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The love of art drove a man to steal. Is this a real mental illness?

The strange case of cultured ultra-thief Stéphane Breitwieser — who claims “art is my drug” — has divided opinion. Is it Stendhal syndrome?
A man experiences Stendhal syndrome while smiling in front of a red light frame.
Credit: Annelisa Leinbach / Big Think; Wikimedia Commons, Adobe Stock
Key Takeaways
  • Stendhal syndrome was coined by Italian psychiatrist Graziella Magherini to describe patients who became sick when overwhelmed by art.
  • Prolific art thief Stéphane Breitwieser has claimed Stendhal syndrome as an explanation for his exploits. But his detractors call him a glorified shoplifter.
  • After meeting with Breitwieser, psychotherapist Michel Schmidt excluded a diagnosis of kleptomania.
Excerpted from The Art Thief by Michael Finkel © 2023 by Michael Finkel. Excerpted by permission of Alfred A. Knopf, a division of Penguin Random House LLC. All rights reserved. No part of this excerpt may be reproduced or reprinted without permission in writing from the publisher.

The French writer Stendhal, in his 1817 travelogue, Rome, Naples, and Florence, described an incident that took place in Florence’s Santa Croce basilica. Inside a small chapel tucked within the vast church, Stendhal tipped his head back to absorb the vaulted ceiling’s spectacular frescoes. He was overcome, he wrote, with “celestial sensations” and “impassioned sensuality” and “the profoundest experience of ecstasy.” Fearing that his heart might burst, Stendhal fled the chapel, stumbling and faint, and sprawled on a bench outside and soon recovered.

In the 1970s, Graziella Magherini, the chief of psychiatry at Florence’s central hospital, began documenting instances of visitors who had become overwhelmed by art. Symptoms included dizziness, heart palpitations, and memory loss. One person said she felt as if her eyeballs had grown fingertips. Michelangelo’s iconic sculpture of David was one of the more common triggers. The effects lasted from a few minutes to a couple of hours. Magherini advised bed rest and sometimes administered sedatives. The patients were all cured after staying away from art for a while.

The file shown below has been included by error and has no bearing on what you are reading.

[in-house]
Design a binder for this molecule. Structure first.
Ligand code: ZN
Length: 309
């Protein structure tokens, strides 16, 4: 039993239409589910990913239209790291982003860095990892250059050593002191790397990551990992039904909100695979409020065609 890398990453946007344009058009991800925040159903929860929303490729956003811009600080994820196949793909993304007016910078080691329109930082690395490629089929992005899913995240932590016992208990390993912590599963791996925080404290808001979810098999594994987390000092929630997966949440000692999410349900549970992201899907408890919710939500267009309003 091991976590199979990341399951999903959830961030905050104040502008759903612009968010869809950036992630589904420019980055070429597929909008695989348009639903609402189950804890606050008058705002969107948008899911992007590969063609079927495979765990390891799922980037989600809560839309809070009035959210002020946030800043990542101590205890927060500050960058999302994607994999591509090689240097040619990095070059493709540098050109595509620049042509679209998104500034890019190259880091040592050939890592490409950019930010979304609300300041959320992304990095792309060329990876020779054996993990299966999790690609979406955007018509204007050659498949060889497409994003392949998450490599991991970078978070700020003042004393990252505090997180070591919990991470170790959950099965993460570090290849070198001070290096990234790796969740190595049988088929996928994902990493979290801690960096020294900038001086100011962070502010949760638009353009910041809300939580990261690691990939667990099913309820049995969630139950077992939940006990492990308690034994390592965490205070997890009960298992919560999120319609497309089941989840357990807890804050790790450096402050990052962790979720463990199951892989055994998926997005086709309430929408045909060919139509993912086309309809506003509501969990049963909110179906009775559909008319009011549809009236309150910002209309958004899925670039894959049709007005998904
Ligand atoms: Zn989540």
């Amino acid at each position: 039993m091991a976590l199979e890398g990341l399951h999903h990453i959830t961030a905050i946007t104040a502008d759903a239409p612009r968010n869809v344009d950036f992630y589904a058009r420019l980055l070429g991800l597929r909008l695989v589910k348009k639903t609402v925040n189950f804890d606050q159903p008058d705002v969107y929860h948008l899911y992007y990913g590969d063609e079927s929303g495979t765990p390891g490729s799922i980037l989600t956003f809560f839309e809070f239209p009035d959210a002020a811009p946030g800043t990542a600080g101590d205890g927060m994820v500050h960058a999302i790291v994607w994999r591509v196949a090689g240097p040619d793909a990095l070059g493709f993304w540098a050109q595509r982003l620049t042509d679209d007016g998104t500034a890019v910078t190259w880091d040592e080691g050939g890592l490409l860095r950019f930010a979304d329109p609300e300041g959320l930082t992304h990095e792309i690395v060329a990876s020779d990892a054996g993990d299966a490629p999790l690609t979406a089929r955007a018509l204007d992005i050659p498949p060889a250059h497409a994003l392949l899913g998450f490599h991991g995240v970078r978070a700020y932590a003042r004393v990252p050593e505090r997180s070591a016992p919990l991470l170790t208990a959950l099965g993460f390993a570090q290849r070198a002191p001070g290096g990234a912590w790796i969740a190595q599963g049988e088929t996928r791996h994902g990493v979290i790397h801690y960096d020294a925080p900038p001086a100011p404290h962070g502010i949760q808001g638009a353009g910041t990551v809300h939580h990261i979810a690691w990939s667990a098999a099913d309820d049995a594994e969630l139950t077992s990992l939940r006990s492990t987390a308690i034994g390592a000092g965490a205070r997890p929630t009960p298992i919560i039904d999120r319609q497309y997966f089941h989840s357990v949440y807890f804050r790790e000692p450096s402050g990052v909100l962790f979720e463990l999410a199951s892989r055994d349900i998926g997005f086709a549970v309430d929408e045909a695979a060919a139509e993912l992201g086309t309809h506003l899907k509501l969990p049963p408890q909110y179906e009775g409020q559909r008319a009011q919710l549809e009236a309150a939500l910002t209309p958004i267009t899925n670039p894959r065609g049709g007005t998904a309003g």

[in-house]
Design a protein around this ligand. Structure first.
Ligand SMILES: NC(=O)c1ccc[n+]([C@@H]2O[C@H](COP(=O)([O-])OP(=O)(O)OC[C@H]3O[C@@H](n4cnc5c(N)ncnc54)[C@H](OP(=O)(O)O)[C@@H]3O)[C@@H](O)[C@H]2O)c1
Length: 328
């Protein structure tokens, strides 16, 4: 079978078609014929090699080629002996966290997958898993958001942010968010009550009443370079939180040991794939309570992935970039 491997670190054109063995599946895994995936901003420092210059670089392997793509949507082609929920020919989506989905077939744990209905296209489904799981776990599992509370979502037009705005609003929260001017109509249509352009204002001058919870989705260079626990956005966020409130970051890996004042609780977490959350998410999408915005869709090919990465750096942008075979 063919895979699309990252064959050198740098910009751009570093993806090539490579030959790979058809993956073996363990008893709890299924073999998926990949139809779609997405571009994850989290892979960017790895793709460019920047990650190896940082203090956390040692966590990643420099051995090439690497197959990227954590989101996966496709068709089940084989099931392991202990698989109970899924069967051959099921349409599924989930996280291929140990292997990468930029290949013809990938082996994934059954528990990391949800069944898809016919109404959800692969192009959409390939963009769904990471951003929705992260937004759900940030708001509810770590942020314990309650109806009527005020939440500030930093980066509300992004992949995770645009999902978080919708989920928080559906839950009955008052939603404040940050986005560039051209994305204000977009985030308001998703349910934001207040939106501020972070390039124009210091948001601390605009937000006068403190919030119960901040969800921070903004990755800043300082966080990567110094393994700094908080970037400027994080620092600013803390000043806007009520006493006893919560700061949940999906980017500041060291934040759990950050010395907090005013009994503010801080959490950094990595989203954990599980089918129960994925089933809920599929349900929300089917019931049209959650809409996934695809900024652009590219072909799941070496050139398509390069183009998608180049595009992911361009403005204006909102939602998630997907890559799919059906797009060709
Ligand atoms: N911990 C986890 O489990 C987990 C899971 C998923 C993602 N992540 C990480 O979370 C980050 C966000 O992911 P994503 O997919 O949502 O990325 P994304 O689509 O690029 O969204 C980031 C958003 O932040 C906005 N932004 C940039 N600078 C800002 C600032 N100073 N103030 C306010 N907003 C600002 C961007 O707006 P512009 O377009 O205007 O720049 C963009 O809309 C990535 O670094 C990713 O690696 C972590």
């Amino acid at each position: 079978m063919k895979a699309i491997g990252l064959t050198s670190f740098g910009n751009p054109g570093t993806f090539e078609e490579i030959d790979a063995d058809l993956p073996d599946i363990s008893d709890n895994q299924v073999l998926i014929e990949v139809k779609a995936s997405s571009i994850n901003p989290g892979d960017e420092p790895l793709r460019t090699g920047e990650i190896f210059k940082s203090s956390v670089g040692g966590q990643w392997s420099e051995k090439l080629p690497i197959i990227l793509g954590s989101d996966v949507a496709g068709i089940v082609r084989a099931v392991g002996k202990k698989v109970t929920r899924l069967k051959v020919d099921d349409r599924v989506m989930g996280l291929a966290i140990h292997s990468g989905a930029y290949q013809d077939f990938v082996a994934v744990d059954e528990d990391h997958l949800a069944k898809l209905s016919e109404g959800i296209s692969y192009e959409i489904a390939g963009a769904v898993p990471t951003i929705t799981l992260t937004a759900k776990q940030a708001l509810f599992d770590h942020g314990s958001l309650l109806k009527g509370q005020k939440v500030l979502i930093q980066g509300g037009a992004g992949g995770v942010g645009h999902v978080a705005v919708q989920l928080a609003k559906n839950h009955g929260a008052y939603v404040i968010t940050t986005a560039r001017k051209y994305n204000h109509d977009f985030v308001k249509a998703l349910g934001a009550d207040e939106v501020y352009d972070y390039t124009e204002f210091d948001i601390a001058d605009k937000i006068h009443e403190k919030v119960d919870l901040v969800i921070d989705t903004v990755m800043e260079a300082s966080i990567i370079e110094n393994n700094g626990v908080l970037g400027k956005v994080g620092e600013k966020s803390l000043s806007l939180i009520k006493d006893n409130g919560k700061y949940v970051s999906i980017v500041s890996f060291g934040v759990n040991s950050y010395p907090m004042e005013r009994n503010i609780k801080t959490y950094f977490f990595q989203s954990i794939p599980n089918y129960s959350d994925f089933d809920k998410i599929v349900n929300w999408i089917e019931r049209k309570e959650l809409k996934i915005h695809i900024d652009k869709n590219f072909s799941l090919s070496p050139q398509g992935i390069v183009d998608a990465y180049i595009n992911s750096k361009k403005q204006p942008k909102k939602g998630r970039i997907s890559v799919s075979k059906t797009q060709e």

Magherini compiled more than 100 cases, divided evenly among men and women, most between the ages of 25 and 40. Those who experienced the sensation were prone to repeat occurrences in front of other artworks. Magherini published a book on the disorder and gave it a name: Stendhal syndrome. The condition has since been widely reported; Jerusalem and Paris seem to be hot spots. But outside Florence the information is only anecdotal, and the condition remains an unofficial one, not listed in the Diagnostic and Statistical Manual of Mental Disorders.

Art thief Stéphane Breitwieser says that when he learned of Stendhal syndrome, he felt a shock of recognition. Here, documented by a doctor, seemed to be a description of his coup de coeur. He was grateful to discover that he wasn’t alone, slightly less alienated from the human race.

Breitwieser does not react to every artwork, not nearly, but when he is transported, the response is instinctual and rapid and often hypnotically strong. “Art is my drug,” he declares. Breitwieser says he is puritanical about actual drugs: no tobacco or caffeine, no alcohol except a sip of wine when politeness requires, and never marijuana or anything harder. But a pure dose of art can set his head spinning.